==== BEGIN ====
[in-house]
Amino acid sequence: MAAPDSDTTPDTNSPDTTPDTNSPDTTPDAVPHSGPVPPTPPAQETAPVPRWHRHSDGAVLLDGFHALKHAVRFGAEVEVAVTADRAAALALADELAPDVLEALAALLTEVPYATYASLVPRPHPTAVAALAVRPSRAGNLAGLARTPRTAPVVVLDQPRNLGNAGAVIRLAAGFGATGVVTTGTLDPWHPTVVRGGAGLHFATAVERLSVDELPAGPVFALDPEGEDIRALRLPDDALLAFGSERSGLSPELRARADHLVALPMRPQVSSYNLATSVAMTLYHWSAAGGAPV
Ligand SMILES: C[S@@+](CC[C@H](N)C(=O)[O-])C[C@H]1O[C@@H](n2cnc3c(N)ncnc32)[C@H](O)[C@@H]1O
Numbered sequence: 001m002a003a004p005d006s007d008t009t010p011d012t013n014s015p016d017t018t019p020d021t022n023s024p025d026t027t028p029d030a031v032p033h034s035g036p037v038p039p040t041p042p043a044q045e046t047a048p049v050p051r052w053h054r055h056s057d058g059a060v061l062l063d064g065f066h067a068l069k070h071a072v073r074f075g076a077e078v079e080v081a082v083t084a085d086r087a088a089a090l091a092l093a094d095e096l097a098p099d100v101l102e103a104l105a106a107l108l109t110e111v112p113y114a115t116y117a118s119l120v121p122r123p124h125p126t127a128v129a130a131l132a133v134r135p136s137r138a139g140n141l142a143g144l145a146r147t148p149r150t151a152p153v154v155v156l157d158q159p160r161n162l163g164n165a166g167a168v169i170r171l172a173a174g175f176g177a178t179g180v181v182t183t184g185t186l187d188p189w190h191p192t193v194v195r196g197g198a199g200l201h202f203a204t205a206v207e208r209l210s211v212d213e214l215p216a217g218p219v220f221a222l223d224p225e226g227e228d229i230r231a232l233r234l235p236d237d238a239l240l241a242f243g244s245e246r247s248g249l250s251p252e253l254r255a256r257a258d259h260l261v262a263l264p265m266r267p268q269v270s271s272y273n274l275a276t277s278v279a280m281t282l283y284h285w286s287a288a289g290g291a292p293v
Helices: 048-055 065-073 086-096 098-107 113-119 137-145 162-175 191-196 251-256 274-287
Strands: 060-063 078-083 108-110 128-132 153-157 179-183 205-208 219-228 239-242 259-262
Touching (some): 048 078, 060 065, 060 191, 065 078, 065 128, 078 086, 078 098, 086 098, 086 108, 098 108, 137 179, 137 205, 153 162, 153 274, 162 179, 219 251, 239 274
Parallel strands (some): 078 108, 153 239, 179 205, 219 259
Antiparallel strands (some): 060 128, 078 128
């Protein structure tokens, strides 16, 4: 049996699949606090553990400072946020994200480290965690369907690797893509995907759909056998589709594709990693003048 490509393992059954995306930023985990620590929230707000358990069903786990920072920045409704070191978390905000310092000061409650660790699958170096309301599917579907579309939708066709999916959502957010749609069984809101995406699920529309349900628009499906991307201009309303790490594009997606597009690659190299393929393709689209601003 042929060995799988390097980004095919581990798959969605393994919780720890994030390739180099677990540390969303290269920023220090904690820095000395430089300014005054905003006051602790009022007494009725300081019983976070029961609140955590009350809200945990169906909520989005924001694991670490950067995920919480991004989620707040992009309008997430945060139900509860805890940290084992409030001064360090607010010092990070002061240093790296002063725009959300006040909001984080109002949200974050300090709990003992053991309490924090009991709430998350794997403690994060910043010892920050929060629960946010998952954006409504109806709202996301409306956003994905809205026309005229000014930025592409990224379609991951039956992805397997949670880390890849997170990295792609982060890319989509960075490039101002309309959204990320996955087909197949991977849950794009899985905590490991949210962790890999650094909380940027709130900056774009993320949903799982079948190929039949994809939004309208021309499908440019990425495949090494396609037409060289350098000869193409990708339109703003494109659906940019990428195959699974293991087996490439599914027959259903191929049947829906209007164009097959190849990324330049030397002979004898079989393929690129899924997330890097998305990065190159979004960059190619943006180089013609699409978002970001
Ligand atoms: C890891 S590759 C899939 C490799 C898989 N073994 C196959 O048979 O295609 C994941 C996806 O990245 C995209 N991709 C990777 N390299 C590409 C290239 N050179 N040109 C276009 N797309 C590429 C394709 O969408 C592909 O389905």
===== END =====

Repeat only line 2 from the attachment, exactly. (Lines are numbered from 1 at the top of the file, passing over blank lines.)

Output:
Amino acid sequence: MAAPDSDTTPDTNSPDTTPDTNSPDTTPDAVPHSGPVPPTPPAQETAPVPRWHRHSDGAVLLDGFHALKHAVRFGAEVEVAVTADRAAALALADELAPDVLEALAALLTEVPYATYASLVPRPHPTAVAALAVRPSRAGNLAGLARTPRTAPVVVLDQPRNLGNAGAVIRLAAGFGATGVVTTGTLDPWHPTVVRGGAGLHFATAVERLSVDELPAGPVFALDPEGEDIRALRLPDDALLAFGSERSGLSPELRARADHLVALPMRPQVSSYNLATSVAMTLYHWSAAGGAPV